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27Mar

Tax Reporting Obligations for Respondent Incentives

For the survey, opinion and marketing research profession, payment information return obligations under Section 6041(a) of the Internal Revenue Code and Section 1.6041-1(a) of the Income Tax Regulations, require that every person engaged in a trade or business must make an information return for each person to whom payment is made for services in the course of his or its trade or business of amounts which aggregate $600 or more during that year. Payments can consist of any fixed or determinable salaries, wages, commissions, fees or other forms of compensation. Relevant to marketing research, Section 1.6041-1(d)(3) of the Regulations state that the amount paid as prizes and awards must be included in the recipient’s gross income. Code Section 74 or Section 117 (relating to qualified scholarships), gross income includes all amounts received as prizes and awards. If the prize or award is not made in money but is in the form of goods and services, the fair market value of the goods or services is the amount to be included in income.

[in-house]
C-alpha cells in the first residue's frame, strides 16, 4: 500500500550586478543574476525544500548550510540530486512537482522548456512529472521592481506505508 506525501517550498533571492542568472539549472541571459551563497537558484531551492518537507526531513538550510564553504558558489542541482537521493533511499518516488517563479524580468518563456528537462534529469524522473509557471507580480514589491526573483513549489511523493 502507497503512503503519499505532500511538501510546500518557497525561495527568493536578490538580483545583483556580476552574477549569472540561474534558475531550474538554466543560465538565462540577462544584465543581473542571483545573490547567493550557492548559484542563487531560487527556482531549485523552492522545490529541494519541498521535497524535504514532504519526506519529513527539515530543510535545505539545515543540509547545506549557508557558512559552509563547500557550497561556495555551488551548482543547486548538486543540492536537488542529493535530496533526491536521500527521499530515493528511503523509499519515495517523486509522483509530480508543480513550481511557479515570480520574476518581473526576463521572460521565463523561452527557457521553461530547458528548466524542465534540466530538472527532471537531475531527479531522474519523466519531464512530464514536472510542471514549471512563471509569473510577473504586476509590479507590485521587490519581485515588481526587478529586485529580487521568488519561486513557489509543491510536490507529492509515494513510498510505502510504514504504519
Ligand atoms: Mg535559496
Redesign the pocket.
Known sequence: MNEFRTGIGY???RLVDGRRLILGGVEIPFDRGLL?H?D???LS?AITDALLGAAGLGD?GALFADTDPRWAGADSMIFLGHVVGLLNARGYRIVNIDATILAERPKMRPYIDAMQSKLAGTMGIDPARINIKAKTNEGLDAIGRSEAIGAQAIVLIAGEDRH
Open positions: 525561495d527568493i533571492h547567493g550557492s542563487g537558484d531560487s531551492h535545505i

Amounts paid by a research company’s client to fund the payments made to survey respondents constitute an expense pass-through. So long as they are separately identified as such they should not be classified as being part of the fee that is paid to the research company.

Responsible Party with Reporting Obligations

The responsible party with the tax reporting obligations is specifically discussed in the “middleman” regulations located at Regs. § 1.6041-1[e]. Generally speaking, a person who as an agent makes a payment on behalf of a principal is not deemed to be the payor for information return reporting purposes. However, under Regulation Section 1.6041-1(e)(1), a person that makes a payment in the course of its trade or business on behalf of another person is the payor that must file the information return with respect to that payment, if under all of the facts and circumstances, that person performs management or oversight functions in connection with the payment, or if the person has a significant economic interest in the payment (such as a property interest  that would be affected by a mechanic’s lien or loss of collateral.)  Conversely, a person who performs mere administrative or ministerial functions, such as check-writing, at the other person’s direction does not have oversight or management functions.